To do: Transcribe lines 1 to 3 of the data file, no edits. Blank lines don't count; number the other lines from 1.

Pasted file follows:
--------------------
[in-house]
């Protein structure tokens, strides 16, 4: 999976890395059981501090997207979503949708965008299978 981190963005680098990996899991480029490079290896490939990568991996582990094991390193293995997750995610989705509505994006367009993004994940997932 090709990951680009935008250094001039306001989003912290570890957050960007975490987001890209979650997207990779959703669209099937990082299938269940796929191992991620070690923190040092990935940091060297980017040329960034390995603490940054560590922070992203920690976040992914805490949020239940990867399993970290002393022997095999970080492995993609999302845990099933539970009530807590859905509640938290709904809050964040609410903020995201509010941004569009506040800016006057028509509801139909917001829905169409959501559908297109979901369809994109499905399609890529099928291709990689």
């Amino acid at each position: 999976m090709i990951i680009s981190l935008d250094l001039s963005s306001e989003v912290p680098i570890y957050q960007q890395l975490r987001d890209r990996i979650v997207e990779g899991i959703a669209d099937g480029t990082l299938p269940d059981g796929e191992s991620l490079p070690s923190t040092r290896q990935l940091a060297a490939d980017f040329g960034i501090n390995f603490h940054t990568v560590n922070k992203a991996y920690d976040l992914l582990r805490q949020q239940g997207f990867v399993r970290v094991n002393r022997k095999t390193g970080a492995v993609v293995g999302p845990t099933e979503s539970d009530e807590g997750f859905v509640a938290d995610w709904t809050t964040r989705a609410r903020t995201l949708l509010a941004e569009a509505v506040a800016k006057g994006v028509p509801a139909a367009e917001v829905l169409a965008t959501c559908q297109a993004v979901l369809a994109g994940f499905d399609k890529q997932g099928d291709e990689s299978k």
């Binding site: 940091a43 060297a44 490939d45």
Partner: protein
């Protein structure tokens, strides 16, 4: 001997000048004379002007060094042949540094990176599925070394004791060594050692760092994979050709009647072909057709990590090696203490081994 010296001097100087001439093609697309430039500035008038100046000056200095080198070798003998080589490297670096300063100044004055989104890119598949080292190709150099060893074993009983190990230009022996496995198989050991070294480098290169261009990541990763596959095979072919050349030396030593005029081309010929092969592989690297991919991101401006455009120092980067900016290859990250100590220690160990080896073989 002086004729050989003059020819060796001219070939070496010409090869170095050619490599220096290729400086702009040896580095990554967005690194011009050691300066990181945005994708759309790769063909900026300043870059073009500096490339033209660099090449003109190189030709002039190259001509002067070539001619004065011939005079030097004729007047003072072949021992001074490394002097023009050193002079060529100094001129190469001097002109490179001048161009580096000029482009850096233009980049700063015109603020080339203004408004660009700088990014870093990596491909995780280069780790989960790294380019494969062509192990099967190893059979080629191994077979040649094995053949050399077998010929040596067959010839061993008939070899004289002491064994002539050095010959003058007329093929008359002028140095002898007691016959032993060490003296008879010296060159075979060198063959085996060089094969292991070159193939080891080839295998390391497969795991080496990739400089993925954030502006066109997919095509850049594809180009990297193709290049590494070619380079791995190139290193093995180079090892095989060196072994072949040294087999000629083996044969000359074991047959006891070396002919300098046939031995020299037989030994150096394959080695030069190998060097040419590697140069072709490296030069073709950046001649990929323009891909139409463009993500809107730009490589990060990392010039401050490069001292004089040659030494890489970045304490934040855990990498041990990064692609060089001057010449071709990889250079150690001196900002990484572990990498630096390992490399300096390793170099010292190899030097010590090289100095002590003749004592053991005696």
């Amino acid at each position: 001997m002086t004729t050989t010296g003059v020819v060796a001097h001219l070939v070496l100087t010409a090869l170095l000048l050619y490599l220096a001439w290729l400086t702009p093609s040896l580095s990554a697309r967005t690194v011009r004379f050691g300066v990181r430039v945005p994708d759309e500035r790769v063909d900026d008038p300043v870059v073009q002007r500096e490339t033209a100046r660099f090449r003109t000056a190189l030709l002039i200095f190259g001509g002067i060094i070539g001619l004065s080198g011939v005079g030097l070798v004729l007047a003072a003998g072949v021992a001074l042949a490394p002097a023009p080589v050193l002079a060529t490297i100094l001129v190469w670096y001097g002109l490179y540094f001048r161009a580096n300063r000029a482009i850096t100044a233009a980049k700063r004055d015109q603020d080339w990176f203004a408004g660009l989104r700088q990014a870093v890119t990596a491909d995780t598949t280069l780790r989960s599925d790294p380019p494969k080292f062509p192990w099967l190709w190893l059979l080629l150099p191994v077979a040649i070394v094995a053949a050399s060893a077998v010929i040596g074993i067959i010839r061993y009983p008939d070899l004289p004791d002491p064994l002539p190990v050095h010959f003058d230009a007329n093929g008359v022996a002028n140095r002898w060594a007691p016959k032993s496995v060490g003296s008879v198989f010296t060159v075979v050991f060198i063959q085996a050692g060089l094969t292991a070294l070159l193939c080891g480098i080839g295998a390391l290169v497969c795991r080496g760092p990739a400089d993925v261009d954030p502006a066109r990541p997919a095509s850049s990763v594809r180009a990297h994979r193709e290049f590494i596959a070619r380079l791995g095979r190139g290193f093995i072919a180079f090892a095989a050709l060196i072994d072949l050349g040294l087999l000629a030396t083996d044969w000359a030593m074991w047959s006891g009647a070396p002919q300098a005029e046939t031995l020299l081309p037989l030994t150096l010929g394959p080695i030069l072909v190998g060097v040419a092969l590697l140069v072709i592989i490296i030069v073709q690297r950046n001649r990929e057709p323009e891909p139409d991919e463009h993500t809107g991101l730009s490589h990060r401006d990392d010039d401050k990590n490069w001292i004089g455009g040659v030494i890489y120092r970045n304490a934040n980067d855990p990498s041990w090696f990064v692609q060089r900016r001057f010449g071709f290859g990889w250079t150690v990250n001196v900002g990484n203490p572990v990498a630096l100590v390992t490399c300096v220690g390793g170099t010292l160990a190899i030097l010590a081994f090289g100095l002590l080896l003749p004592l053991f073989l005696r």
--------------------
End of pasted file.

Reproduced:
[in-house]
């Protein structure tokens, strides 16, 4: 999976890395059981501090997207979503949708965008299978 981190963005680098990996899991480029490079290896490939990568991996582990094991390193293995997750995610989705509505994006367009993004994940997932 090709990951680009935008250094001039306001989003912290570890957050960007975490987001890209979650997207990779959703669209099937990082299938269940796929191992991620070690923190040092990935940091060297980017040329960034390995603490940054560590922070992203920690976040992914805490949020239940990867399993970290002393022997095999970080492995993609999302845990099933539970009530807590859905509640938290709904809050964040609410903020995201509010941004569009506040800016006057028509509801139909917001829905169409959501559908297109979901369809994109499905399609890529099928291709990689």
């Amino acid at each position: 999976m090709i990951i680009s981190l935008d250094l001039s963005s306001e989003v912290p680098i570890y957050q960007q890395l975490r987001d890209r990996i979650v997207e990779g899991i959703a669209d099937g480029t990082l299938p269940d059981g796929e191992s991620l490079p070690s923190t040092r290896q990935l940091a060297a490939d980017f040329g960034i501090n390995f603490h940054t990568v560590n922070k992203a991996y920690d976040l992914l582990r805490q949020q239940g997207f990867v399993r970290v094991n002393r022997k095999t390193g970080a492995v993609v293995g999302p845990t099933e979503s539970d009530e807590g997750f859905v509640a938290d995610w709904t809050t964040r989705a609410r903020t995201l949708l509010a941004e569009a509505v506040a800016k006057g994006v028509p509801a139909a367009e917001v829905l169409a965008t959501c559908q297109a993004v979901l369809a994109g994940f499905d399609k890529q997932g099928d291709e990689s299978k």